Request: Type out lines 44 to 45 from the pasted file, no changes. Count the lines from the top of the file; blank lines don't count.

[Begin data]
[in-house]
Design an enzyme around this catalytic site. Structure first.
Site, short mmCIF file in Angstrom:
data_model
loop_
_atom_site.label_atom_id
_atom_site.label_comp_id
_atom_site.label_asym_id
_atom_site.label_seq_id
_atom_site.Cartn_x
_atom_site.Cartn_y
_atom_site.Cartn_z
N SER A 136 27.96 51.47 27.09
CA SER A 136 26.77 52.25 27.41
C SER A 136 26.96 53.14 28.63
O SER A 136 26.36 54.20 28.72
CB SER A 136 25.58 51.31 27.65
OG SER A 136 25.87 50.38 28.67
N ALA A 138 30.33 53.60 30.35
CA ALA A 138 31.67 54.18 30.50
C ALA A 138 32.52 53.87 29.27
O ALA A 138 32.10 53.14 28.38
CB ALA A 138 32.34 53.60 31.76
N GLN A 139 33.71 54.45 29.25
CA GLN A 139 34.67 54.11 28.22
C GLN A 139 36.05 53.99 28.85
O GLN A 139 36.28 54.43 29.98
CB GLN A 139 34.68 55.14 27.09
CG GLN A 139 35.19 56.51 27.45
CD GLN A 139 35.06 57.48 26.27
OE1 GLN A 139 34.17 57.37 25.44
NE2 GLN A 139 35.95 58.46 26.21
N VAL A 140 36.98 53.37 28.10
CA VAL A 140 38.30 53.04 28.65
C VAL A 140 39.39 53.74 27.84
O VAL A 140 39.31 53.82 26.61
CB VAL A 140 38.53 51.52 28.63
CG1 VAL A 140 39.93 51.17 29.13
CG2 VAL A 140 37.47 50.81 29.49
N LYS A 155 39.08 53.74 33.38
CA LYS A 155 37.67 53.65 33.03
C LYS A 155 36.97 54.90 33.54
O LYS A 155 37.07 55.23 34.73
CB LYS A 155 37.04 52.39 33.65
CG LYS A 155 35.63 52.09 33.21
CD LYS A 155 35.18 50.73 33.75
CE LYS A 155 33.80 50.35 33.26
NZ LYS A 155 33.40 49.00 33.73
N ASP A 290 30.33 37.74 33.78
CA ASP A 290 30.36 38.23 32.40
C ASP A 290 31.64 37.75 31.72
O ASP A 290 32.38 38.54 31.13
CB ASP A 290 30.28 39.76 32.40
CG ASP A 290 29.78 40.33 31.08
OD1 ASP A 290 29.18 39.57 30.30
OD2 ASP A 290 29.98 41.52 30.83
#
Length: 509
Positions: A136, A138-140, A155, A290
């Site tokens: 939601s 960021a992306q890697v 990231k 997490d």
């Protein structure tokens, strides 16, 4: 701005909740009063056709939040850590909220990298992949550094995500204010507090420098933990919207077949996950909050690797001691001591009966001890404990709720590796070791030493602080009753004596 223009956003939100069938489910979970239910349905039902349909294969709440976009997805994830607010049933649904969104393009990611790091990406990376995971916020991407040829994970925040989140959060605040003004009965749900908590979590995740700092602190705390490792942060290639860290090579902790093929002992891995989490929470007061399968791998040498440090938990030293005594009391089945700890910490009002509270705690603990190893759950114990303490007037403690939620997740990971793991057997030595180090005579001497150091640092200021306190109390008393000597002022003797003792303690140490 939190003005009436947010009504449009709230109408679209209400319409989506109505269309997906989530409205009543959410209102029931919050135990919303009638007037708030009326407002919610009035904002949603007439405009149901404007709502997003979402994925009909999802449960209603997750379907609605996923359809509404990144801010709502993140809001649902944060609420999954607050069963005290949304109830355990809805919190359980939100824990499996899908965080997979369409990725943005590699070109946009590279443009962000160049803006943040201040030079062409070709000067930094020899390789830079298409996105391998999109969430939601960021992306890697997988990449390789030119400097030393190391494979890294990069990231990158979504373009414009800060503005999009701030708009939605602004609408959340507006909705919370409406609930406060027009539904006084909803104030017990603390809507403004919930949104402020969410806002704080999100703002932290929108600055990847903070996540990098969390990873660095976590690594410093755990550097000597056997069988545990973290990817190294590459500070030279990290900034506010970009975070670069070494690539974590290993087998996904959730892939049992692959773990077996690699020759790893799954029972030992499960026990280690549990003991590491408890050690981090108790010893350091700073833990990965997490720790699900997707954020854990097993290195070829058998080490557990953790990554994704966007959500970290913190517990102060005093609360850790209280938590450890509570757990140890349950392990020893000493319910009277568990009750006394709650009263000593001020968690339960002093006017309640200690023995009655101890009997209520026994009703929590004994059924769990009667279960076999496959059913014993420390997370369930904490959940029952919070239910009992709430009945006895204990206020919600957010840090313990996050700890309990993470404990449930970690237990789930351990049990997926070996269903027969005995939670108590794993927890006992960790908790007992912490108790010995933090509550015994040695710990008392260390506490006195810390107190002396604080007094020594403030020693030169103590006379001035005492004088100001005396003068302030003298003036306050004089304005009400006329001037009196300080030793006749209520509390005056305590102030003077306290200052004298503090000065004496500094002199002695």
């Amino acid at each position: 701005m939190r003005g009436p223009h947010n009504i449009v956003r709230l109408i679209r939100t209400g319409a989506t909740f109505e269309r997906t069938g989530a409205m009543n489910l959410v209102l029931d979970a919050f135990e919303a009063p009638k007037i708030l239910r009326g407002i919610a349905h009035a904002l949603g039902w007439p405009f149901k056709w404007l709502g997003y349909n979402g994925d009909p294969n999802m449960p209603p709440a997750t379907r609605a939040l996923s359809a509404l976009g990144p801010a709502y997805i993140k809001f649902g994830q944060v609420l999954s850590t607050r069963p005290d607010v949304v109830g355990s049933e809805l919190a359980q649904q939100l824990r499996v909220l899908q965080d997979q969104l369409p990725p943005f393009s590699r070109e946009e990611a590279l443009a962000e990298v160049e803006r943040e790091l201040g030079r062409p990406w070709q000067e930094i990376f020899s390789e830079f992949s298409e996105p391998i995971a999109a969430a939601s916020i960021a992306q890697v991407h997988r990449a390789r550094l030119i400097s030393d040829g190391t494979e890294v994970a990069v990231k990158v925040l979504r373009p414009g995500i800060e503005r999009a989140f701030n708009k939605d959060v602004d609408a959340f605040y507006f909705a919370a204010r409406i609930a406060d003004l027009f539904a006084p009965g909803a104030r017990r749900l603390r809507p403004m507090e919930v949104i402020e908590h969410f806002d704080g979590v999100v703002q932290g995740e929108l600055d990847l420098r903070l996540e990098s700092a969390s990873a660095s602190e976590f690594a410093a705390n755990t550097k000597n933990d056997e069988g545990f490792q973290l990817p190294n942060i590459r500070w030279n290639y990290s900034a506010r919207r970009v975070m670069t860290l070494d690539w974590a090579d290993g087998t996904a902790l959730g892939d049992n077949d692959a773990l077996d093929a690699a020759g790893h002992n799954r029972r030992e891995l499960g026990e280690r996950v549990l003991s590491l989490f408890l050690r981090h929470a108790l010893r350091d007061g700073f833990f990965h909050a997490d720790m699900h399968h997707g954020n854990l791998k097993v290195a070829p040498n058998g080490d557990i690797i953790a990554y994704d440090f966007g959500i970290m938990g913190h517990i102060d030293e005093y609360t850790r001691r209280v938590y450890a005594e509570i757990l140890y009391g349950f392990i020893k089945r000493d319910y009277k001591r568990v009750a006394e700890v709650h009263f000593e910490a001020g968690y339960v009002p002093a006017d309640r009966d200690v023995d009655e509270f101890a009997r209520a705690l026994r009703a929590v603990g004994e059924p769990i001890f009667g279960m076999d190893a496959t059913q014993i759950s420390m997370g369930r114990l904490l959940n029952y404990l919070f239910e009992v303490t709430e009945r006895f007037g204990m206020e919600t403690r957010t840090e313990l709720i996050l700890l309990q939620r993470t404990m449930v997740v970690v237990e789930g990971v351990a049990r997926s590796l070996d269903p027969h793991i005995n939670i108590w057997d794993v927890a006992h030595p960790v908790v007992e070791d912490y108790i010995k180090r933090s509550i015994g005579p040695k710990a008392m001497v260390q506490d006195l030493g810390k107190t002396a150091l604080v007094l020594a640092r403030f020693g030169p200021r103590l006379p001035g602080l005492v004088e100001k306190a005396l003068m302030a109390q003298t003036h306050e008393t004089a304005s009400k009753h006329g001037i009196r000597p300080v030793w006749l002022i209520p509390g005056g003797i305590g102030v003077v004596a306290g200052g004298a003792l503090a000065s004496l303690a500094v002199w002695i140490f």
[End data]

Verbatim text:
CB LYS A 155 37.04 52.39 33.65
CG LYS A 155 35.63 52.09 33.21